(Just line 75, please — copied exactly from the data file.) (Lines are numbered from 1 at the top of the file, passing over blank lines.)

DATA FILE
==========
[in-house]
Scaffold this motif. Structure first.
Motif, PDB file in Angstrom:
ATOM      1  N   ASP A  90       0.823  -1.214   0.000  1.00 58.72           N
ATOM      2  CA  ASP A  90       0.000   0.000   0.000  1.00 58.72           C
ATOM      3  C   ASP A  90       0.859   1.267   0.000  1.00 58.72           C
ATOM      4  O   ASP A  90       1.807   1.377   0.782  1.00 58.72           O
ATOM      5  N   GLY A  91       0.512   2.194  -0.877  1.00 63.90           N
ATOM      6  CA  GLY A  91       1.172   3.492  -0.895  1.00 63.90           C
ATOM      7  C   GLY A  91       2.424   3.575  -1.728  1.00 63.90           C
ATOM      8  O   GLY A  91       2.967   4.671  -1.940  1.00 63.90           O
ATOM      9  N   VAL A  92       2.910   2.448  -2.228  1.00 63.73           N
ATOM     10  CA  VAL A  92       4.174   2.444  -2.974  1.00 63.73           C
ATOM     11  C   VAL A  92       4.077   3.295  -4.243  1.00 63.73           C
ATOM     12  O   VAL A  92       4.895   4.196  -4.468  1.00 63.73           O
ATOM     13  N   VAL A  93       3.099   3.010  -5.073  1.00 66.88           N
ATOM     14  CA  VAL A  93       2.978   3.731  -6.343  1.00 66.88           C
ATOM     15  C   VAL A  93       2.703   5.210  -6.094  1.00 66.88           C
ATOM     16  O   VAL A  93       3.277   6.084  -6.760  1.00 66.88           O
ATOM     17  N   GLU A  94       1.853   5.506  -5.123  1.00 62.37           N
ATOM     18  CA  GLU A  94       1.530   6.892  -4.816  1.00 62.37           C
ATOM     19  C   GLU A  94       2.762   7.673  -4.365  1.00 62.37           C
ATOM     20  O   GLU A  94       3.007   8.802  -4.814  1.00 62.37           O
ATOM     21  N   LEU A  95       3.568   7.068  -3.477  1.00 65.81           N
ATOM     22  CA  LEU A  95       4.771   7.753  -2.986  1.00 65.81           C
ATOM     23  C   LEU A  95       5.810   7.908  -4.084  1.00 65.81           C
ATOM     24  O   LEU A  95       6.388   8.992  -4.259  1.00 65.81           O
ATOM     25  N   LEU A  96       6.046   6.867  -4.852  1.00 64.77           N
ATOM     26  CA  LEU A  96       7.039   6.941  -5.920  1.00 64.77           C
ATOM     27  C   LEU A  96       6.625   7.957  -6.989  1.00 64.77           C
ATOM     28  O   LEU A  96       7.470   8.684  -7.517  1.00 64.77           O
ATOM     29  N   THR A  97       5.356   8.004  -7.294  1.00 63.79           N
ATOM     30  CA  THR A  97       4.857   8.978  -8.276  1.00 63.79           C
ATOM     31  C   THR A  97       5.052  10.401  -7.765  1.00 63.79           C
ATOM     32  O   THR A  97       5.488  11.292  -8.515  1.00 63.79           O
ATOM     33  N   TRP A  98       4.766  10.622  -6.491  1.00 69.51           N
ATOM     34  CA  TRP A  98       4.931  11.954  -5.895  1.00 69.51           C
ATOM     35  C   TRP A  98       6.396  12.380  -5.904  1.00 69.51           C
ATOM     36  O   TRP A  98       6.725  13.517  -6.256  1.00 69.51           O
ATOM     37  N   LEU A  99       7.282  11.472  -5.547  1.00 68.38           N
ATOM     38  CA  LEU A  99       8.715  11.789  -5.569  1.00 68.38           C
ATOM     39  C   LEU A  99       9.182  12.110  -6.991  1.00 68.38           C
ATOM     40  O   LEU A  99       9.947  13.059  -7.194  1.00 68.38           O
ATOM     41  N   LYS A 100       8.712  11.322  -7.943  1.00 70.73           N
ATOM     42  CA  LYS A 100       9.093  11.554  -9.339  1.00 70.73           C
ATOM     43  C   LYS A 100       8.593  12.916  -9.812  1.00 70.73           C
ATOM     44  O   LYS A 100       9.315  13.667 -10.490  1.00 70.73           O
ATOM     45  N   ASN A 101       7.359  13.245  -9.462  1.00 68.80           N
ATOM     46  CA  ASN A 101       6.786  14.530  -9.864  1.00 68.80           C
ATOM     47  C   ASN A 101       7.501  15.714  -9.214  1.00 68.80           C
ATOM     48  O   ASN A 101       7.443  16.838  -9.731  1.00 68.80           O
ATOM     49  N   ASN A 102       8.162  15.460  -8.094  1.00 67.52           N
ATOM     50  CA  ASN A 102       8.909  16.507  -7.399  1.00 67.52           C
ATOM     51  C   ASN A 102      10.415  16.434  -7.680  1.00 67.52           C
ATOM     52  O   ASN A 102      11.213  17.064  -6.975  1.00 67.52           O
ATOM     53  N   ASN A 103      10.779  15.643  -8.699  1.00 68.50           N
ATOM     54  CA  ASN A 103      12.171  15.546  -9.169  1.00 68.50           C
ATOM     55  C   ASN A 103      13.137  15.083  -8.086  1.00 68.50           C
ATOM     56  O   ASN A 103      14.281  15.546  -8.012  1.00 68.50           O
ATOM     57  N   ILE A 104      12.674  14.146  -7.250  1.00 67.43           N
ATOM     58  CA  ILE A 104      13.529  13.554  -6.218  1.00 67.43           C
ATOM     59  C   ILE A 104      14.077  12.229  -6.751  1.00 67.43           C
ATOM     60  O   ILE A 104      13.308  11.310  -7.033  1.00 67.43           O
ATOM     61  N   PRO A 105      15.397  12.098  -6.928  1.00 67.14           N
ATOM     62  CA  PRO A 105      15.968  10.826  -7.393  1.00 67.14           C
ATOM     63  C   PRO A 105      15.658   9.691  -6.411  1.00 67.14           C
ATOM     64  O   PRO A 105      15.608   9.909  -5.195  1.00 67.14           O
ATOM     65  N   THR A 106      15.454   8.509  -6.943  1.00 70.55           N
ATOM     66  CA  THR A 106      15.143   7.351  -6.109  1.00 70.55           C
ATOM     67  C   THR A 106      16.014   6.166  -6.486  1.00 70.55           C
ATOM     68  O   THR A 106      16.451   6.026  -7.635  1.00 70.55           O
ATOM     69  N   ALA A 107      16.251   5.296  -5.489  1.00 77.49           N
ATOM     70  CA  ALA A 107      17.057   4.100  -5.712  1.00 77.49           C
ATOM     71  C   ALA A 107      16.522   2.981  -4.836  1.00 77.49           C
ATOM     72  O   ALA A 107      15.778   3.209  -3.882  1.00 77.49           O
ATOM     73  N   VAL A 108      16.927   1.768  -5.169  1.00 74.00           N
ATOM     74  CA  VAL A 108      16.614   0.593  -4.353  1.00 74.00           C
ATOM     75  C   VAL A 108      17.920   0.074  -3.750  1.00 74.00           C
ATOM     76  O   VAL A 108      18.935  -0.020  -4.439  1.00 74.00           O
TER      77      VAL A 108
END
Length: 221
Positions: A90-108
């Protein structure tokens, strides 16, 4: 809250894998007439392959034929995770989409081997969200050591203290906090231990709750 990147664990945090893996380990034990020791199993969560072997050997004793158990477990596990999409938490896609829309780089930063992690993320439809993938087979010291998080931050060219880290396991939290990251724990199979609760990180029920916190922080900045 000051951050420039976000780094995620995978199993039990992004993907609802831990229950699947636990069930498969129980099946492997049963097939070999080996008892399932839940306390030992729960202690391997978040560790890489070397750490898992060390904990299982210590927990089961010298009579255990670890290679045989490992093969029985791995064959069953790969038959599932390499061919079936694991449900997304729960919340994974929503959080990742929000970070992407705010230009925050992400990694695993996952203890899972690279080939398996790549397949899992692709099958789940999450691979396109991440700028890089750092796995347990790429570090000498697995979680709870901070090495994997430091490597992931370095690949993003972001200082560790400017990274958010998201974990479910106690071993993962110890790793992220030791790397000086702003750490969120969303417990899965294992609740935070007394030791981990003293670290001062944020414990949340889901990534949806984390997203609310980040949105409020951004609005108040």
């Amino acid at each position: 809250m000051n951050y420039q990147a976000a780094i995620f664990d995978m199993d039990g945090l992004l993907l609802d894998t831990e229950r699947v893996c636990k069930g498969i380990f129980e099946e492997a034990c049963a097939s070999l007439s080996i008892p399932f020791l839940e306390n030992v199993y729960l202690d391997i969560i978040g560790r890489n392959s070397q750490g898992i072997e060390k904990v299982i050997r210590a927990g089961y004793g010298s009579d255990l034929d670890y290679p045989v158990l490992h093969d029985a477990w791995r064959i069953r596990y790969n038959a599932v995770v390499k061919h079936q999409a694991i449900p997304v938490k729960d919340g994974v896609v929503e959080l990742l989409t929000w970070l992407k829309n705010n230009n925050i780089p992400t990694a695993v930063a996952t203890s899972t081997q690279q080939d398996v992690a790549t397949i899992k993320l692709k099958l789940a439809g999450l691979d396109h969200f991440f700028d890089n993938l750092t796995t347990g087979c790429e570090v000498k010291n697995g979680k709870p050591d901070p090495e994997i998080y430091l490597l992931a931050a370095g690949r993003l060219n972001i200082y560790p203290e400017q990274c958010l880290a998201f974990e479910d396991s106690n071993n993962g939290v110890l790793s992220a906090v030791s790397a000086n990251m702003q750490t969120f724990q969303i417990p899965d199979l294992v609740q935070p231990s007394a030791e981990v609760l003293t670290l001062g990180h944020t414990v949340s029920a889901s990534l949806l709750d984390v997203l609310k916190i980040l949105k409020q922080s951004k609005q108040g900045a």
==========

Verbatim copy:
ATOM     72  O   ALA A 107      15.778   3.209  -3.882  1.00 77.49           O